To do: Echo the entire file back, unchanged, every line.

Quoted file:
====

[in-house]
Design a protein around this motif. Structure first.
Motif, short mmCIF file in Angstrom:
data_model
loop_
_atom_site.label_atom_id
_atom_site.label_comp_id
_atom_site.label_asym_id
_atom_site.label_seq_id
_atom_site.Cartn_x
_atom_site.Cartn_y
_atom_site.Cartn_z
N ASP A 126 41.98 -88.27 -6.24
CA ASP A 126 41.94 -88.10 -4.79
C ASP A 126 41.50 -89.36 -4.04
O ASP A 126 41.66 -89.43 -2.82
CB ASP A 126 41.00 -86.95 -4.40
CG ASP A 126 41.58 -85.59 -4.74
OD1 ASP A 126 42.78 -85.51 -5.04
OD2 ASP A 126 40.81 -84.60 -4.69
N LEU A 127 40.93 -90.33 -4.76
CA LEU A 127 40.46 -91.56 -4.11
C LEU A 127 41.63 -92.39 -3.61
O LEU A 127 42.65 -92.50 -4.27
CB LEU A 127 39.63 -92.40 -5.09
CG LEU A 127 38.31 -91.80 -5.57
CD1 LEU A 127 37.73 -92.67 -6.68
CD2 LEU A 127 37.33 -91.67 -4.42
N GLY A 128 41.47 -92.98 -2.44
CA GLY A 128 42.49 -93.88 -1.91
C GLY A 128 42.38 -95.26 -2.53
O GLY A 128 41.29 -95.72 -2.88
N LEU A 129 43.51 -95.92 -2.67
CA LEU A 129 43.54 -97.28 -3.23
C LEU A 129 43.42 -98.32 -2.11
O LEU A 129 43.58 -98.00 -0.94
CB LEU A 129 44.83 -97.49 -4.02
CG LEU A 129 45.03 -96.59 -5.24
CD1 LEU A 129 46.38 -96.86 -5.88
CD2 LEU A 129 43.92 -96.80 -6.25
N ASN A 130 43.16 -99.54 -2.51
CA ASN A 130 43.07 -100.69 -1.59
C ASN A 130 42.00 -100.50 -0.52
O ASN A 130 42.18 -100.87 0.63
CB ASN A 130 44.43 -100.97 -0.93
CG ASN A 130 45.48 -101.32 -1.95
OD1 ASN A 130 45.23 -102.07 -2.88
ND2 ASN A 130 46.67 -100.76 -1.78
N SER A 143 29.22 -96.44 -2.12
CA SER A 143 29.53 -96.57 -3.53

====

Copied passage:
[in-house]
Design a protein around this motif. Structure first.
Motif, short mmCIF file in Angstrom:
data_model
loop_
_atom_site.label_atom_id
_atom_site.label_comp_id
_atom_site.label_asym_id
_atom_site.label_seq_id
_atom_site.Cartn_x
_atom_site.Cartn_y
_atom_site.Cartn_z
N ASP A 126 41.98 -88.27 -6.24
CA ASP A 126 41.94 -88.10 -4.79
C ASP A 126 41.50 -89.36 -4.04
O ASP A 126 41.66 -89.43 -2.82
CB ASP A 126 41.00 -86.95 -4.40
CG ASP A 126 41.58 -85.59 -4.74
OD1 ASP A 126 42.78 -85.51 -5.04
OD2 ASP A 126 40.81 -84.60 -4.69
N LEU A 127 40.93 -90.33 -4.76
CA LEU A 127 40.46 -91.56 -4.11
C LEU A 127 41.63 -92.39 -3.61
O LEU A 127 42.65 -92.50 -4.27
CB LEU A 127 39.63 -92.40 -5.09
CG LEU A 127 38.31 -91.80 -5.57
CD1 LEU A 127 37.73 -92.67 -6.68
CD2 LEU A 127 37.33 -91.67 -4.42
N GLY A 128 41.47 -92.98 -2.44
CA GLY A 128 42.49 -93.88 -1.91
C GLY A 128 42.38 -95.26 -2.53
O GLY A 128 41.29 -95.72 -2.88
N LEU A 129 43.51 -95.92 -2.67
CA LEU A 129 43.54 -97.28 -3.23
C LEU A 129 43.42 -98.32 -2.11
O LEU A 129 43.58 -98.00 -0.94
CB LEU A 129 44.83 -97.49 -4.02
CG LEU A 129 45.03 -96.59 -5.24
CD1 LEU A 129 46.38 -96.86 -5.88
CD2 LEU A 129 43.92 -96.80 -6.25
N ASN A 130 43.16 -99.54 -2.51
CA ASN A 130 43.07 -100.69 -1.59
C ASN A 130 42.00 -100.50 -0.52
O ASN A 130 42.18 -100.87 0.63
CB ASN A 130 44.43 -100.97 -0.93
CG ASN A 130 45.48 -101.32 -1.95
OD1 ASN A 130 45.23 -102.07 -2.88
ND2 ASN A 130 46.67 -100.76 -1.78
N SER A 143 29.22 -96.44 -2.12
CA SER A 143 29.53 -96.57 -3.53